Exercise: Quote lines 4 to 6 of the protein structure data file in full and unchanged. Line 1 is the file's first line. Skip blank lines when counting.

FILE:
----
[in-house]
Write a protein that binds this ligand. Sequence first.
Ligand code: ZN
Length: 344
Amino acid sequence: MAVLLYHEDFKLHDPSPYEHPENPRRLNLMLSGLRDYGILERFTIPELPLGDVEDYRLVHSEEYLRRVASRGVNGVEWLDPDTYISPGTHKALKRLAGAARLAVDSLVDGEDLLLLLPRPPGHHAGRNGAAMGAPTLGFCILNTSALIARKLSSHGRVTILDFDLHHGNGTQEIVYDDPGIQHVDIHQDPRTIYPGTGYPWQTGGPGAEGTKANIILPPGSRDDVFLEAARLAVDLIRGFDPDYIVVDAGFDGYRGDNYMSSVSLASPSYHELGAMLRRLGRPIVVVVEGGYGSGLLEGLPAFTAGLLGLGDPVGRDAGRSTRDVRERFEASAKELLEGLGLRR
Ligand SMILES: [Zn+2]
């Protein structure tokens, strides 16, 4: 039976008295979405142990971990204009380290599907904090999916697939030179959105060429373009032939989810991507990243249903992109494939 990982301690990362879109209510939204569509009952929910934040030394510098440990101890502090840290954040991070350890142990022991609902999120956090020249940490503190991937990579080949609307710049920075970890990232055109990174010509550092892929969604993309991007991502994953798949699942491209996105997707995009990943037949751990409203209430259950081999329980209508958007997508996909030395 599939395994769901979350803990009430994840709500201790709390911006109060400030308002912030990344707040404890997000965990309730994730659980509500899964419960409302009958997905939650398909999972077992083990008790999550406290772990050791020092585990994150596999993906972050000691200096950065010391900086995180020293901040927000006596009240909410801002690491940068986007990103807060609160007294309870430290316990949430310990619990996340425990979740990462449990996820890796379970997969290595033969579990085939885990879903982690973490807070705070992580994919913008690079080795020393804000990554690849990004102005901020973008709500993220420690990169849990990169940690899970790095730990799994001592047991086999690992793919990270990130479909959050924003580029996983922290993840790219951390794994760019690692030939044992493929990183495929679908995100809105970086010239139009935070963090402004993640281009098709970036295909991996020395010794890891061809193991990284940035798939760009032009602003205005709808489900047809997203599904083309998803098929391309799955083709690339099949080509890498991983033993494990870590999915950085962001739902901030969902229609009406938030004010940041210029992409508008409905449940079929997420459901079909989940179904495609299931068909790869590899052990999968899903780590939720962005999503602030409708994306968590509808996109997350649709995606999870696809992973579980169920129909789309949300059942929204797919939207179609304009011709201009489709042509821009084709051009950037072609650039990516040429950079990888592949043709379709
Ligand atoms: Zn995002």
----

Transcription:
Length: 344
Amino acid sequence: MAVLLYHEDFKLHDPSPYEHPENPRRLNLMLSGLRDYGILERFTIPELPLGDVEDYRLVHSEEYLRRVASRGVNGVEWLDPDTYISPGTHKALKRLAGAARLAVDSLVDGEDLLLLLPRPPGHHAGRNGAAMGAPTLGFCILNTSALIARKLSSHGRVTILDFDLHHGNGTQEIVYDDPGIQHVDIHQDPRTIYPGTGYPWQTGGPGAEGTKANIILPPGSRDDVFLEAARLAVDLIRGFDPDYIVVDAGFDGYRGDNYMSSVSLASPSYHELGAMLRRLGRPIVVVVEGGYGSGLLEGLPAFTAGLLGLGDPVGRDAGRSTRDVRERFEASAKELLEGLGLRR
Ligand SMILES: [Zn+2]